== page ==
From Percussion to Pipe Band Drumming
by Mike Garcia
From Percussion to Pipe Band Drumming
A Blog By Mike Garcia
The world of music is a beautiful thing. So many different styles and approaches within so many different cultures all over the world. Pick a genre, go down the rabbit hole, and you will discover invaluable experiences of how impactful a single or combination of sounds can truly be and how they bring people together.
Pick a world, let’s say: percussion, and for you Pipe Band people, drum corps - and there are various journeys you can embark on to explore the many wonders of the style. Personally, I have experience in American rudimental drumming (i.e. Drum Corps International, aka “DCI” experience) and classical percussion (either a “percussion ensemble” or concert band/orchestral percussion). I am fortunate to say I have had the opportunity to experience performing in these groups at some of the highest levels possible! However, I have always been a lifelong learner and have always strived to push myself to new levels.
Being recently directed to explore the world of Scottish Pipe Band Drumming has enlightened me. Seeing how large groups of Snare and Tenor drummers come together from all over the world to perform these ridiculously intricate pieces in unison is incredible to watch. In America, it’s more common for the players to spend several days, weeks, and months at a time together in order to perfect their music as one unit. In Scottish Pipe Band Drumming, the drummers just...drum! The focus on community and the idea of expanding the interpretation to fit any particular environment is so interesting to me.
*Runs to grab sticks and pad*
Alright. Let’s see what this is all about! I decided to check out the Scottish Pipe Band Snare Drum Tutor Volume 4: Level 2 Scottish Rudiments (The title was long enough I figured it must contain lots of good stuff and I felt like I could skip ahead - boy, was I mistaken).
Some things I noticed right out of the gate:
Interpreting the diddles written in Scottish Pipe Band music to be played as buzzes instead of actual double strokes (OK, not too shocking, I’m in!)
THERE ISN’T AN OFFICIAL/STANDARDIZED LIST OF SCOTTISH SNARE DRUMMING RUDIMENTS!
Literally reacted the same way is Michael did in the video “Wait. What?”
It’s fine. Everything is fine. Let’s proceed.
The more I listened to the explanation of this and comparison between some existing rudiments, and how they differ from the Percussive Arts Society (PAS) rudiments that are taught in America (learn more), I realized that there isn’t a standardized list for hybrid rudiments either. Hybrid rudiments are invented constantly and if you just Google “hybrid rudiments” you can find several resources that have catalogued them.
Seriously, rudiments like “Blue Cheese”, “Choo-choo”, and “Deviled Egg” are some crazy ones that are out there. Don’t believe me? Google it!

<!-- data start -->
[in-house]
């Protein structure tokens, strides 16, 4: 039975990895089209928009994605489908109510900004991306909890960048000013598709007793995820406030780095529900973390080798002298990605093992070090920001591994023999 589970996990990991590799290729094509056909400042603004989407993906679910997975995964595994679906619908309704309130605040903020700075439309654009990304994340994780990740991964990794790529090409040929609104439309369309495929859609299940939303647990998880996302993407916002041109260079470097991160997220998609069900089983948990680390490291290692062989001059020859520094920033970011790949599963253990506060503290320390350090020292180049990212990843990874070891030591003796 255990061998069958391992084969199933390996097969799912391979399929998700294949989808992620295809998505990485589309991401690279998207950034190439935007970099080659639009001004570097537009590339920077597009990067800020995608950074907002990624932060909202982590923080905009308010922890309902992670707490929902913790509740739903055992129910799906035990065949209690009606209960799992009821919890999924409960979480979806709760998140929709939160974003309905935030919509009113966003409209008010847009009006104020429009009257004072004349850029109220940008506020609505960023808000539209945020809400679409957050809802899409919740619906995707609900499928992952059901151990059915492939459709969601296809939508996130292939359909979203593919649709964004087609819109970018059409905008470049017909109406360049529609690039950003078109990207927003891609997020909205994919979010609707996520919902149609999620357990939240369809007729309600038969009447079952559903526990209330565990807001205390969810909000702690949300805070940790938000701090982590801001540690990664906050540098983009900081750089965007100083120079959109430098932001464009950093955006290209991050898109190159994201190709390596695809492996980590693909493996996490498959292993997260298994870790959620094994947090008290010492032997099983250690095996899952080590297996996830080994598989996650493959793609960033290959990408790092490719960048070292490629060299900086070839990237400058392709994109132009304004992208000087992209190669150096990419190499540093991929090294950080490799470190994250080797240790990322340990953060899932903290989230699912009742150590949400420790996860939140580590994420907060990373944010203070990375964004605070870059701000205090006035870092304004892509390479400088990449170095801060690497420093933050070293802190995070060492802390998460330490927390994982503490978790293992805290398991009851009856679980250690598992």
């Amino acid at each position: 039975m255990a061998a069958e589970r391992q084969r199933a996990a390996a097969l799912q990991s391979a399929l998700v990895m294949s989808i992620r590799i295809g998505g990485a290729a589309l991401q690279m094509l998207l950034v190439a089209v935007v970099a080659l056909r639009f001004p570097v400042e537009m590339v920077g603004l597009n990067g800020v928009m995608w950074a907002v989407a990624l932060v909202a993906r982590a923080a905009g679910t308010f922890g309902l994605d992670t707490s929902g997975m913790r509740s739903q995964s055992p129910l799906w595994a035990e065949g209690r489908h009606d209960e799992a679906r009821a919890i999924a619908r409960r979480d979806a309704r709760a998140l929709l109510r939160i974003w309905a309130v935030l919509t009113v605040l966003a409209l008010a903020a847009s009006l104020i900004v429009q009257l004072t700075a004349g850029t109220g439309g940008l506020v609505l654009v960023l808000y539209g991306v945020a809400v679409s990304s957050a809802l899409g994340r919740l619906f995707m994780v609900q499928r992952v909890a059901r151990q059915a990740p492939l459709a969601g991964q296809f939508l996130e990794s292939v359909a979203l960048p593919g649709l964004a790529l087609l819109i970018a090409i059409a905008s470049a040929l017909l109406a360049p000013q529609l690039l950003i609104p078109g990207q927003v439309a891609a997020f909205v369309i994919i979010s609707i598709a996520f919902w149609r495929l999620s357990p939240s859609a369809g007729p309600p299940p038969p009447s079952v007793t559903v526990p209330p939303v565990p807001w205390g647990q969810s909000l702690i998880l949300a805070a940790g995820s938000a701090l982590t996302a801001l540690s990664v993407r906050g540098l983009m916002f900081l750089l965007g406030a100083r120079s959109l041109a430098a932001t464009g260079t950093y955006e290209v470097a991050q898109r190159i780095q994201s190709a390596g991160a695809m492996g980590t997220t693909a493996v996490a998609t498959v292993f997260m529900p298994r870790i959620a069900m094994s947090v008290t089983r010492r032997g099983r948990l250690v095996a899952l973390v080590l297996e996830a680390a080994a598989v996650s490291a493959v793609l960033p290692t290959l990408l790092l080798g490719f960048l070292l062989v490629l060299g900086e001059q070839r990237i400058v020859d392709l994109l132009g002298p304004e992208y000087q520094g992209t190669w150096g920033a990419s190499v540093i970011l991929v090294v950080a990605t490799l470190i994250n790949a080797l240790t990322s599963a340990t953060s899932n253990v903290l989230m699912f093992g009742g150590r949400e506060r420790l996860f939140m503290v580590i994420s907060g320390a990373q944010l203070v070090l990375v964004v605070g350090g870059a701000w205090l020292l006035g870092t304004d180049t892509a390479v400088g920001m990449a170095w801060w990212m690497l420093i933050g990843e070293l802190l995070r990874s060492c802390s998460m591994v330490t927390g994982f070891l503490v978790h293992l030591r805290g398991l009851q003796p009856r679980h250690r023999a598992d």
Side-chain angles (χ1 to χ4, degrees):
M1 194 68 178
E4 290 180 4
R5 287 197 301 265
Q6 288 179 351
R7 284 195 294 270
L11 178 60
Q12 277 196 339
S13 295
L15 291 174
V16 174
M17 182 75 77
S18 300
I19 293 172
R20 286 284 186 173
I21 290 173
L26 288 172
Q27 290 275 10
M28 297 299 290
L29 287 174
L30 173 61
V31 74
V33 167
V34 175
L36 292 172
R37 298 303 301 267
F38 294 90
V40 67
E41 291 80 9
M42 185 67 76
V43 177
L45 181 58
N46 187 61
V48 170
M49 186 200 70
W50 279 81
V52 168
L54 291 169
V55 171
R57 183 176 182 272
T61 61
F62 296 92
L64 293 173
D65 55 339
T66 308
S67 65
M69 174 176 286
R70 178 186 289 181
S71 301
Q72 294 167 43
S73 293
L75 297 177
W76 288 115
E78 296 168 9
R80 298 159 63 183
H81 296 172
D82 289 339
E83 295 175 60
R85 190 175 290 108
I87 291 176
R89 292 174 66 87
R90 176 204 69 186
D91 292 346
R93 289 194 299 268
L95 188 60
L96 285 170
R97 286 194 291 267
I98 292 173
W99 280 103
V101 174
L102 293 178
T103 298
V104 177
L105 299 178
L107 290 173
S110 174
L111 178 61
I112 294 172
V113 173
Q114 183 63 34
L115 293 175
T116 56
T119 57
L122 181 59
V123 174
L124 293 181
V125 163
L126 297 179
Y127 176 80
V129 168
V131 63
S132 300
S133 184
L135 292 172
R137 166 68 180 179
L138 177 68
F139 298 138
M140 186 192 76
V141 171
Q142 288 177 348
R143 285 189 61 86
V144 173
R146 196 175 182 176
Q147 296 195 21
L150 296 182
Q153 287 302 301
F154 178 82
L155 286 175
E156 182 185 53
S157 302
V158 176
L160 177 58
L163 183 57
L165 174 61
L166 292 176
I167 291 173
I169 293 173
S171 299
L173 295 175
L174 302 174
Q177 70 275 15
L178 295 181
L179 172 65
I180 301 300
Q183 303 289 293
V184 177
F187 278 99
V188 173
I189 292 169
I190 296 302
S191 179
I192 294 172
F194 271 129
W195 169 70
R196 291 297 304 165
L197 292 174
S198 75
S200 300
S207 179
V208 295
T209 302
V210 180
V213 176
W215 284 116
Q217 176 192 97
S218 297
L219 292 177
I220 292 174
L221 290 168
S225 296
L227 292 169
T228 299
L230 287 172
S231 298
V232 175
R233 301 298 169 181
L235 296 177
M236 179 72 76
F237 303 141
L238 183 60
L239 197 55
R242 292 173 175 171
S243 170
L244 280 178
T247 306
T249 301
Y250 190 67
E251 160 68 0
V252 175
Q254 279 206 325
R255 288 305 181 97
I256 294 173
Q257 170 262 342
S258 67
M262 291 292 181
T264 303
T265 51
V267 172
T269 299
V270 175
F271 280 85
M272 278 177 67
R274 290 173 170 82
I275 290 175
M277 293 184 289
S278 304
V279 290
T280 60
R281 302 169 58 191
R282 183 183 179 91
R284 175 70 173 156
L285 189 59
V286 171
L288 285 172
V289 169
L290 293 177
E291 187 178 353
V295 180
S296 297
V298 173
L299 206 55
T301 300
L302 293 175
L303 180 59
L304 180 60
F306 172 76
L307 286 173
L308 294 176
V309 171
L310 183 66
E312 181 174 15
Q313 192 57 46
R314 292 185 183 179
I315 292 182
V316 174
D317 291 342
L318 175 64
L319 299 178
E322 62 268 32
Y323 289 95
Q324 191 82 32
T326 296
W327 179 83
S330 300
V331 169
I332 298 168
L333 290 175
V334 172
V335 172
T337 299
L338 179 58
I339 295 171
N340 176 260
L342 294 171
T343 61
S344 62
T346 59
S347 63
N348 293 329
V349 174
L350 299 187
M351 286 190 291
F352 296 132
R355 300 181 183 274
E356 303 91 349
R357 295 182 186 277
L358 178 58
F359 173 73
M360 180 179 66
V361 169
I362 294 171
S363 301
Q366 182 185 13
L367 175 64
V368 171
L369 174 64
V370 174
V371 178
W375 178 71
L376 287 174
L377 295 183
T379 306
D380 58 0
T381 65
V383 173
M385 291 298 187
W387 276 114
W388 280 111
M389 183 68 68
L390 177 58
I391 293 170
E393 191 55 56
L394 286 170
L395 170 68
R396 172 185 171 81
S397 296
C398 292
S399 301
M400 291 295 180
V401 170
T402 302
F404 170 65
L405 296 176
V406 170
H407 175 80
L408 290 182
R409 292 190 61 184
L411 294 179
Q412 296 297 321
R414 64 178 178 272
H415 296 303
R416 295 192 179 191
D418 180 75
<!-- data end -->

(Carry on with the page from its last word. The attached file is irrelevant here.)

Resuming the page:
Anyway, I was ready to learn some new concepts to add to my rudimental arsenal.
Playing along to these videos is so much fun!
Not only do you receive mind-blowing tips to remember when you play, but you have an opportunity to perfect the rudiments during the “open-closed-open” segments (both in 30 second and 60 second intervals). Michael talked a lot about the importance of focusing on the mechanics (i.e. technique and fluidity) during these segments before applying them to a musical context. Not only could I play-along, but I could see how his technique was working to produce a smooth sense of fluidity!
Trying to emulate that and someone else’s interpretation is one of the most critical things you can do as a musician! Not only is it important in the Scottish Pipe Band Drumming world or in the American rudimental world, but in the world of music as a whole! There are so many nuances and “dialects” with musical dialogue...that’s what makes music so freaking awesome!
Once I downloaded the Rhythm Monster Rudiment sheets (with included groove studies), I was able to clearly see how each rudiment was notated and how I could further perfect each one in an extended musical context. Yes!
The sweet click tracks with the groove studies are killer! Of course you have your standard metronome click in the background, but there is always a sweet drumset groove playing in the pocket for you to jam! This is especially helpful in some of the groove studies that increase in rhythmic density as you progress through the exercise. The drumset groove will play small fills during those rests to help you subdivide the rhythm that’s coming up next!
I am so excited to learn more! No matter what your experience level, you WILL be able to become a better musician by grabbing your sticks and pad and investing in drumming in a whole new different way!
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